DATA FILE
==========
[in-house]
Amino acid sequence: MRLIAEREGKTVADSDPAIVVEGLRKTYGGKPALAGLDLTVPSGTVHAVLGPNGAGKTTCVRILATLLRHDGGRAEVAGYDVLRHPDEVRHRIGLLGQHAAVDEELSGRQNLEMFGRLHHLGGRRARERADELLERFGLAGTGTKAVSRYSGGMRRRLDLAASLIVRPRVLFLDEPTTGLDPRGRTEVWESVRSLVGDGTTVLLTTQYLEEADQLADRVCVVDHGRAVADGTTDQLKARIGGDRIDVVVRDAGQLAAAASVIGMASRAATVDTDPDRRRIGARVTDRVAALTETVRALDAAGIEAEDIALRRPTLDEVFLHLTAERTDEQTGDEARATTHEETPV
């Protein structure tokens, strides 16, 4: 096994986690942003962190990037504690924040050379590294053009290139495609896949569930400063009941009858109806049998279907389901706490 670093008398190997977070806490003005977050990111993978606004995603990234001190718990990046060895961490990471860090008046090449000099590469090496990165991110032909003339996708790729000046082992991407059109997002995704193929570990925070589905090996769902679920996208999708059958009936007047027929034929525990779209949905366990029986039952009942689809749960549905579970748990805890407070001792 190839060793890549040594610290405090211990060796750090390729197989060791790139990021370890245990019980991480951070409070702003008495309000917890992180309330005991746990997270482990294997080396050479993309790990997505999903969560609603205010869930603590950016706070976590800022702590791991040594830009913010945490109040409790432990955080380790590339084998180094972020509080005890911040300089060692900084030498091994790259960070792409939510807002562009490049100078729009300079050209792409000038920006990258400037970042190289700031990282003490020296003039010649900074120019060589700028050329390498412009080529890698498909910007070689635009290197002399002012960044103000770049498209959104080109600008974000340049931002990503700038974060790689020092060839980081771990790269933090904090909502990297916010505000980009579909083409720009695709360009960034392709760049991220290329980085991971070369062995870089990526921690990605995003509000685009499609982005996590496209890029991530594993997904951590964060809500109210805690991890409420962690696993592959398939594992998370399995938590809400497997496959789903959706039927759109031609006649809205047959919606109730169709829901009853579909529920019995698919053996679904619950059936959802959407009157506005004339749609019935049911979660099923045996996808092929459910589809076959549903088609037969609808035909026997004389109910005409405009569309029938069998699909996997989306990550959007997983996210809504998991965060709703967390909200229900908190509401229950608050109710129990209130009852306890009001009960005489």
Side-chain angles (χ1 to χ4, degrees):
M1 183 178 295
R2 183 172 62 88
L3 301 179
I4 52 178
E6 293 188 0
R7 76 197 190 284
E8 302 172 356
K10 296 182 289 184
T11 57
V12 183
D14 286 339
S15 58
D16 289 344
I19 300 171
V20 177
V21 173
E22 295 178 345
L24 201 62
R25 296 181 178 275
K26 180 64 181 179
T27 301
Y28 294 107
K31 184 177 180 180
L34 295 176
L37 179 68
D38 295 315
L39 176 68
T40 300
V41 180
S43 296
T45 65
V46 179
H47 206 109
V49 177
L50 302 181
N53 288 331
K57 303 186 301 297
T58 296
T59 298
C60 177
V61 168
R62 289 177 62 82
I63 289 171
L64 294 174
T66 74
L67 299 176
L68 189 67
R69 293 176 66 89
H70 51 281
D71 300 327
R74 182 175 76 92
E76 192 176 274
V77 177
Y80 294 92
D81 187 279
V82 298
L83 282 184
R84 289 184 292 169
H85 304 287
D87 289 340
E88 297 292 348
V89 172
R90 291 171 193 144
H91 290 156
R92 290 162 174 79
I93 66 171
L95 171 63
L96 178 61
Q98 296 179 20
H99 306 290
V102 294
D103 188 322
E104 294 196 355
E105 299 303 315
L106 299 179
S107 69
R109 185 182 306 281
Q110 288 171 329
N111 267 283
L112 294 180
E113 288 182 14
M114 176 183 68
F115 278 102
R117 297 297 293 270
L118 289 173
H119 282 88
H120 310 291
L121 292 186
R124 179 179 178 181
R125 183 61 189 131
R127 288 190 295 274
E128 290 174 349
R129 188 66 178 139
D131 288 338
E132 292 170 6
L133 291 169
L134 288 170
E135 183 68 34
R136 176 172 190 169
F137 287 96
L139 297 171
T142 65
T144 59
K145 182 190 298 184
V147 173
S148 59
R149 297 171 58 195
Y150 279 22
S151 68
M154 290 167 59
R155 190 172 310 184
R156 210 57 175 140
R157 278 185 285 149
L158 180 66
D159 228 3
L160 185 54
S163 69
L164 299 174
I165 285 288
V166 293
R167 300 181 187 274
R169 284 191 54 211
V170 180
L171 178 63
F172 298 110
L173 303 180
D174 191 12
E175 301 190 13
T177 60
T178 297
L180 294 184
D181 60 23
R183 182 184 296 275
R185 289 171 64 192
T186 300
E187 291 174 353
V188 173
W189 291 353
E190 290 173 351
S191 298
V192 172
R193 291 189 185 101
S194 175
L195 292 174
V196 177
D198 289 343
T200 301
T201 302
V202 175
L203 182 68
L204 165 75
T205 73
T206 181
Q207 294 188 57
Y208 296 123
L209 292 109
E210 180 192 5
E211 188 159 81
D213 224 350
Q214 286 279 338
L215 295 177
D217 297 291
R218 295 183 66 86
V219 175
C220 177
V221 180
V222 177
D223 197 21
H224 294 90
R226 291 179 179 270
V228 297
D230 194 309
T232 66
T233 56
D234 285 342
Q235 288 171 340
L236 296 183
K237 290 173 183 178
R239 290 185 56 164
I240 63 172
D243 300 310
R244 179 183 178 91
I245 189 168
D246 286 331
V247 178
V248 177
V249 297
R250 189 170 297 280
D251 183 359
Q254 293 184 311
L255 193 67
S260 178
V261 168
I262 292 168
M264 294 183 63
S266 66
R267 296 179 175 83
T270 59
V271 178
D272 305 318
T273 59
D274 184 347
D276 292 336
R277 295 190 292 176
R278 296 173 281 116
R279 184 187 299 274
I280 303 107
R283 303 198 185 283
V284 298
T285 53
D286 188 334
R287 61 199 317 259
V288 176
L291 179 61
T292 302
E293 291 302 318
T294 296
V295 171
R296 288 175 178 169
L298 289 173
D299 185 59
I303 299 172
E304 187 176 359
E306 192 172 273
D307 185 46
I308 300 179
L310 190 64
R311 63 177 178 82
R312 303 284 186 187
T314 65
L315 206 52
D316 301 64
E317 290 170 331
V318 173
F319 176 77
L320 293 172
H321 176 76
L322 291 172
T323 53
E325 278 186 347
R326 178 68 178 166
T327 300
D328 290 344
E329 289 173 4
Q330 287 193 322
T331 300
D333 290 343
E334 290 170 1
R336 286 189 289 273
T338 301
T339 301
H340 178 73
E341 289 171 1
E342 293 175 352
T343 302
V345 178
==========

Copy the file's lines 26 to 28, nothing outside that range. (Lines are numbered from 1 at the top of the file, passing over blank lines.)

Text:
Y28 294 107
K31 184 177 180 180
L34 295 176